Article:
That's when Mandel, as well as writers and cast members from Veep, began to notice the wave of social media comparisons begin.

Since polls closed, a "Count the Vote" movement has become a rallying cry from Hollywood figures and Democratic supporters, urging every ballot to be counted and for the American public to have patience while that happens. Hollywood stars continued to push that messaging and encourage election officials to count every vote as reports of clashing protests came out of Arizona, Michigan, New York and other places on Wednesday.

Louis-Dreyfus herself entered the viral social media conversation as viewers began to recirculate a memorable clip from the "Mother" episode, in which Meyer, mourning the death of her mother, backtracked on seeking a recount. Her team had gone so far as to hire protestors to further their "count every vote" push, but as the trickling-in military absentee ballots begin to swing the state not in her favor, she screamed at her inner circle to "cancel this recount like Anne Frank's bat mitzvah."

With the results remaining in limbo Wednesday night, pro-Trump protesters chanted "stop the count" outside a hall where votes were being counted in Detroit, while other pro-Trump demonstrators pushed to count the vote in Arizona (which had already been called for Biden). At the time, Biden was also ahead in Michigan, and the Associated Press called the state for the Democratic nominee Wednesday.

The conflicting messaging from the current president and his supporters was once again compared to the flip-flop messaging that was carried out by Meyer and her staff on Veep.

Other viewers went back further to the premiere episode of season five, titled "Morning After" — which was when Mandel took over as showrunner after creator Armando Iannucci's exit — and shared Meyer's national address after the season four finale ended with the election in limbo. Meyer's reelection bid came down to a 269-269 electoral college tie — something that remains an unlikely but possible outcome in the Trump-Biden election.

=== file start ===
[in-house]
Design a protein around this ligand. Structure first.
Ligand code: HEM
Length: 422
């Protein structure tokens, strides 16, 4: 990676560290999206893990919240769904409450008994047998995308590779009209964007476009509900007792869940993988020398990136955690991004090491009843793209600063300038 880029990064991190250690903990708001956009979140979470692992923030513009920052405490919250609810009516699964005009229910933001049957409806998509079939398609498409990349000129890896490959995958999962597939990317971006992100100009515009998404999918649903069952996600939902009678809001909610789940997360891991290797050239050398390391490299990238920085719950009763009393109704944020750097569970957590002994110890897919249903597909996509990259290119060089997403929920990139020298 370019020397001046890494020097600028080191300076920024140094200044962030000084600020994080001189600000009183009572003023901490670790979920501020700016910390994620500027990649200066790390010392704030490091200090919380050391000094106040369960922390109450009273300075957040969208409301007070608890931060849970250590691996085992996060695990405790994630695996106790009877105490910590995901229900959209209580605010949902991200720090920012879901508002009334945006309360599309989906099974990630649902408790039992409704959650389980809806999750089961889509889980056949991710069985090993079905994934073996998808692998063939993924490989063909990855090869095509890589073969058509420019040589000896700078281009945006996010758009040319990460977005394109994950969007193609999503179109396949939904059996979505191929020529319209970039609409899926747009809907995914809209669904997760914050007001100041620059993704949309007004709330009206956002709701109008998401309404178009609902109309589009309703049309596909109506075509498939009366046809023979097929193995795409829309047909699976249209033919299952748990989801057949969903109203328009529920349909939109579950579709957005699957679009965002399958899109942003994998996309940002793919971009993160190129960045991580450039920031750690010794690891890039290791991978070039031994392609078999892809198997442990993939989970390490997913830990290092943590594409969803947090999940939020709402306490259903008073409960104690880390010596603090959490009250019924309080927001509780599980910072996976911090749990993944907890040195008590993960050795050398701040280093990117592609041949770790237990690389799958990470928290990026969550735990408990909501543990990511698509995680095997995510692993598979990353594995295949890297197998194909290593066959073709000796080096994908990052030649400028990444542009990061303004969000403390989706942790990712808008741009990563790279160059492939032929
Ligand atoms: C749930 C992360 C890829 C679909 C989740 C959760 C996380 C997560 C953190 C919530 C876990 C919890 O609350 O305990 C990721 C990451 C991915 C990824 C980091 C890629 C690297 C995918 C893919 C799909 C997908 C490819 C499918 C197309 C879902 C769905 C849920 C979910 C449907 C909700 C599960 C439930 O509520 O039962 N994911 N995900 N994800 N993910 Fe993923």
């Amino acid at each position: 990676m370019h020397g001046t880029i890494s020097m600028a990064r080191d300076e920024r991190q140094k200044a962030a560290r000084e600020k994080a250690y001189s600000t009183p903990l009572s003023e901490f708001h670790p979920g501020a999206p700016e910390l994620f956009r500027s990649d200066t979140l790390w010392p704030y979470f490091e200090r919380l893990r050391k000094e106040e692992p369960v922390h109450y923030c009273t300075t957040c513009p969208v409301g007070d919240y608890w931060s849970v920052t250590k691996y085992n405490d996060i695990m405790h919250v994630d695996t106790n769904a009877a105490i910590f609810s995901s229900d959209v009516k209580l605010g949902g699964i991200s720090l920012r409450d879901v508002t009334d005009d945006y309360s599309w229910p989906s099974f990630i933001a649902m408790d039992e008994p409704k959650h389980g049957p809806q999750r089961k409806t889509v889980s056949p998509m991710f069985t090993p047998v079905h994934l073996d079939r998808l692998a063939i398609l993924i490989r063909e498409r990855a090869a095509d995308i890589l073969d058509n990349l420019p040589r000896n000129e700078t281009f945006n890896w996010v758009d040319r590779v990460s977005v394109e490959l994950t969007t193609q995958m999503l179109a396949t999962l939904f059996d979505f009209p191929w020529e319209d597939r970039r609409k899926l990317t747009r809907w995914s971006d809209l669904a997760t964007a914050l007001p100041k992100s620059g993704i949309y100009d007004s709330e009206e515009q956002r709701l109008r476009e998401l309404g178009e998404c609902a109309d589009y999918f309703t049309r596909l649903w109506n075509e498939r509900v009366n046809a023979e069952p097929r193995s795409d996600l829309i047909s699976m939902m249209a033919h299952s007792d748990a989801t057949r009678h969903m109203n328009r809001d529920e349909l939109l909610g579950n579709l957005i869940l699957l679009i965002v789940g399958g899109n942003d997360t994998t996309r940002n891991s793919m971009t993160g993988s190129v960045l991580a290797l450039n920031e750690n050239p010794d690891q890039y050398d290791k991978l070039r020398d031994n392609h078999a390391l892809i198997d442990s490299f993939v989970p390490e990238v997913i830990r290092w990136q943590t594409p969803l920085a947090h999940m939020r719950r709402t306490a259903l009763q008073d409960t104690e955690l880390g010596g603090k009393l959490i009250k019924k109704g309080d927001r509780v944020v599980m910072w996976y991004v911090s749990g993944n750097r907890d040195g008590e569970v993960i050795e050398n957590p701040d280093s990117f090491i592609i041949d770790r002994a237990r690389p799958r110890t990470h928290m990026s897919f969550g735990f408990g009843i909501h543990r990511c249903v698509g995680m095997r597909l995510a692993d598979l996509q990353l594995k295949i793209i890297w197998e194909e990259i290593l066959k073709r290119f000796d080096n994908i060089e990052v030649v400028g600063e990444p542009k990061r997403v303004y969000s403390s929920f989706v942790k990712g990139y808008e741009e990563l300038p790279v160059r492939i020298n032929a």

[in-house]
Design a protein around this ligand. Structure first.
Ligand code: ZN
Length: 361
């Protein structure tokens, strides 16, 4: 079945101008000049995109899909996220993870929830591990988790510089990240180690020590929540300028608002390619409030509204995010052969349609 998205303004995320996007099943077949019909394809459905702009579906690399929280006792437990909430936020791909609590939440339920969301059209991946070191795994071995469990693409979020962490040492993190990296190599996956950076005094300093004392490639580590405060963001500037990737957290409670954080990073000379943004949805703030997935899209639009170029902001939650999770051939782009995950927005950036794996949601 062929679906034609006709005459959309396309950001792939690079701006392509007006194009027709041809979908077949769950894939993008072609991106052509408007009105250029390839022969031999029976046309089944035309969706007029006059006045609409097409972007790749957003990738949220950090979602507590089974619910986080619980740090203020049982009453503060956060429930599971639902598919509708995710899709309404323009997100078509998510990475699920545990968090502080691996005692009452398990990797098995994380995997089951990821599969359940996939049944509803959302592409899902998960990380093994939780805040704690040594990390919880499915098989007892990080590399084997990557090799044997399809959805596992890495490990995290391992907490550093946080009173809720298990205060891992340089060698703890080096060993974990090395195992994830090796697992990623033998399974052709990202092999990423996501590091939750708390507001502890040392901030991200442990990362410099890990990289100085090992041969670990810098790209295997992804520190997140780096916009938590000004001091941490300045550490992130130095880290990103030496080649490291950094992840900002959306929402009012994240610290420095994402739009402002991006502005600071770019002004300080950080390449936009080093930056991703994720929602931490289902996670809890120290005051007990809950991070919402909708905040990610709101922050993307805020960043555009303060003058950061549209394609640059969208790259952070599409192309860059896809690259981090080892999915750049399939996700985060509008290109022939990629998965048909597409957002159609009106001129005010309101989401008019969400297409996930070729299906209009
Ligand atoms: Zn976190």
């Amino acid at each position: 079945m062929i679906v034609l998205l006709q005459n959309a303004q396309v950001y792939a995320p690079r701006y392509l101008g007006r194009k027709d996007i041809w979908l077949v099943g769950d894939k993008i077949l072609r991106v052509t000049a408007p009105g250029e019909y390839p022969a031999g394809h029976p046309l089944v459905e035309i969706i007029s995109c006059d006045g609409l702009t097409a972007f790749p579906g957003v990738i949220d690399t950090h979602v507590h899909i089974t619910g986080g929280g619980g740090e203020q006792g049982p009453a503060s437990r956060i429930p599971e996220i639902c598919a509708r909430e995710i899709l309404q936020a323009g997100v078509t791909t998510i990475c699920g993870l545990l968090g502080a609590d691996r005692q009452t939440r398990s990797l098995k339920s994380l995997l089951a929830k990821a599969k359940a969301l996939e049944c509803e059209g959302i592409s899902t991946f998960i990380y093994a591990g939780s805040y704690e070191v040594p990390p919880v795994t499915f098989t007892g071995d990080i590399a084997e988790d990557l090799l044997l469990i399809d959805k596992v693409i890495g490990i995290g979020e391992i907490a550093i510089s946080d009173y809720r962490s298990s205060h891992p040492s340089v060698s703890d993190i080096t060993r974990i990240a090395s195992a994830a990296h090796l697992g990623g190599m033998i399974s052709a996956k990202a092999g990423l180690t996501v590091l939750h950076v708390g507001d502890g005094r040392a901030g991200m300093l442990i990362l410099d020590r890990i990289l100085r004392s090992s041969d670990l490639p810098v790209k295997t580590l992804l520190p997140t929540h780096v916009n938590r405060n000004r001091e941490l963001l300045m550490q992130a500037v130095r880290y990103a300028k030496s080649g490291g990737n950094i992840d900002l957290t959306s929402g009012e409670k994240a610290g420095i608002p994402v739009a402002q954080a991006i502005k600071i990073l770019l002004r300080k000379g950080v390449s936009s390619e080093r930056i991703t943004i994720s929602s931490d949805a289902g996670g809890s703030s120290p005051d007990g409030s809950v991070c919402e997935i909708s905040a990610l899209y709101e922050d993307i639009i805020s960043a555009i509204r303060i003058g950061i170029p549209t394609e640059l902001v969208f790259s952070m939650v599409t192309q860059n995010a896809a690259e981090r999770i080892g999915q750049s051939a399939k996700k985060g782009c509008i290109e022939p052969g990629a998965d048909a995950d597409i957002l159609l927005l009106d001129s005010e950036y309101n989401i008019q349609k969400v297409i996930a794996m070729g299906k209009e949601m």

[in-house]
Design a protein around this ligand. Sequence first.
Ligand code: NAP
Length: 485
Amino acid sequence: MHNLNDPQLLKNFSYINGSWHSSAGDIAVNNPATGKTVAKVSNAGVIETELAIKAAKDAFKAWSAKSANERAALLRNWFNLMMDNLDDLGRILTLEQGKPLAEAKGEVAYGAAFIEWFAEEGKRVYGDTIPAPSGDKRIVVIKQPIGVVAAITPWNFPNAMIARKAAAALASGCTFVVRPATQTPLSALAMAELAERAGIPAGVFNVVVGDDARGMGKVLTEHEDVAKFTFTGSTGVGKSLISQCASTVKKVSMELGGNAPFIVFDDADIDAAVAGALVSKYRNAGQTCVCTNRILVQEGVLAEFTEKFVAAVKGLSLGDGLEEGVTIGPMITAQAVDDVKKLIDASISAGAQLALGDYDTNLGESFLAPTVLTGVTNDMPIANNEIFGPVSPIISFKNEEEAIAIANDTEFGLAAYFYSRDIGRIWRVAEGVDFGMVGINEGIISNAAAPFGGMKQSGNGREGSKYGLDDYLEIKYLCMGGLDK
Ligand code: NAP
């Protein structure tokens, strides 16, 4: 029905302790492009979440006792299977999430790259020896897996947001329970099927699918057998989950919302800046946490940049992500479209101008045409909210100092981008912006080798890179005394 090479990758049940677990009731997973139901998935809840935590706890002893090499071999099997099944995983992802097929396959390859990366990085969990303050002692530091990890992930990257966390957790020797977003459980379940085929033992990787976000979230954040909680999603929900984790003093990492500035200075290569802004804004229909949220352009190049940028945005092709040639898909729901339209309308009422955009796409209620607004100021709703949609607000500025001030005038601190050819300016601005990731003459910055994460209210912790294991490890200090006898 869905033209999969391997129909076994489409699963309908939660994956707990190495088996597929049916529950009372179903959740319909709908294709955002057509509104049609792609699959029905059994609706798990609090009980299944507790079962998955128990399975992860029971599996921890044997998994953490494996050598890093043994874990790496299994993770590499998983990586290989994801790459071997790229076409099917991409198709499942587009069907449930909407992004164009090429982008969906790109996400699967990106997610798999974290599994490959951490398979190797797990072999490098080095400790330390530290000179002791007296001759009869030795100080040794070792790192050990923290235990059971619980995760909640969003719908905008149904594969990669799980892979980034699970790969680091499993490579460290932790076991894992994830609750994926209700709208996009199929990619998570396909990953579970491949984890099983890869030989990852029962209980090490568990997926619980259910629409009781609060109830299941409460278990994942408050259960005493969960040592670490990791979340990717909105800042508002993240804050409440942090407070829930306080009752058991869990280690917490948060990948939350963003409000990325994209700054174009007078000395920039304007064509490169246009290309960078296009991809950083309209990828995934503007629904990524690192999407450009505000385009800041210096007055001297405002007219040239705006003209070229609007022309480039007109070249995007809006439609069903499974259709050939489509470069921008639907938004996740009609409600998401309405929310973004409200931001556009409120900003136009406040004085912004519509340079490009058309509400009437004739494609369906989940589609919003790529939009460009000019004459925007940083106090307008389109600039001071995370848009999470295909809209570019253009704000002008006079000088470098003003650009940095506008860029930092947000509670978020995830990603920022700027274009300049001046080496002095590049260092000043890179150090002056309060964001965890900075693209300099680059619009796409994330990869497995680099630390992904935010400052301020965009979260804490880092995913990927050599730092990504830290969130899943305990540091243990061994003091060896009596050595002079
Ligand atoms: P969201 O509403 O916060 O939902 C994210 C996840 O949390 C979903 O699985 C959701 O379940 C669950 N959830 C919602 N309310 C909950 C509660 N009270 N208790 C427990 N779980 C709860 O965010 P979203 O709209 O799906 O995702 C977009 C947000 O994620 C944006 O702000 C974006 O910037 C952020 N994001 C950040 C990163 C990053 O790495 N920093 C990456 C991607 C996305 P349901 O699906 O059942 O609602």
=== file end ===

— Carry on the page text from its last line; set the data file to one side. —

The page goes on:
"As it turns out, there is a virtually unprecedented tie in the electoral college, a somewhat arcane institution that many scholars believe we should do away with," says presidential incumbent Meyer in her address.

As of Thursday morning, hundreds of thousands of mail-in ballots remained to be counted in a historic election because of the novel coronavirus pandemic. As the key races in Nevada, Pennsylvania and Georgia continued to narrow, the electoral count was 264 to 214, with Biden in the lead and just six votes shy of the 270 electoral votes needed to clinch the presidency. The afternoon prior, Biden had already broken the record for the most votes cast for any presidential candidate in history.

As for the real-life election drama mirroring what has turned out to be an eerily prescient season of television, Mandel had this to say about Veep continuing to take over Twitter (well into Thursday morning): "I’m not sure #Veep trended when we were actually on the air … not really worth it."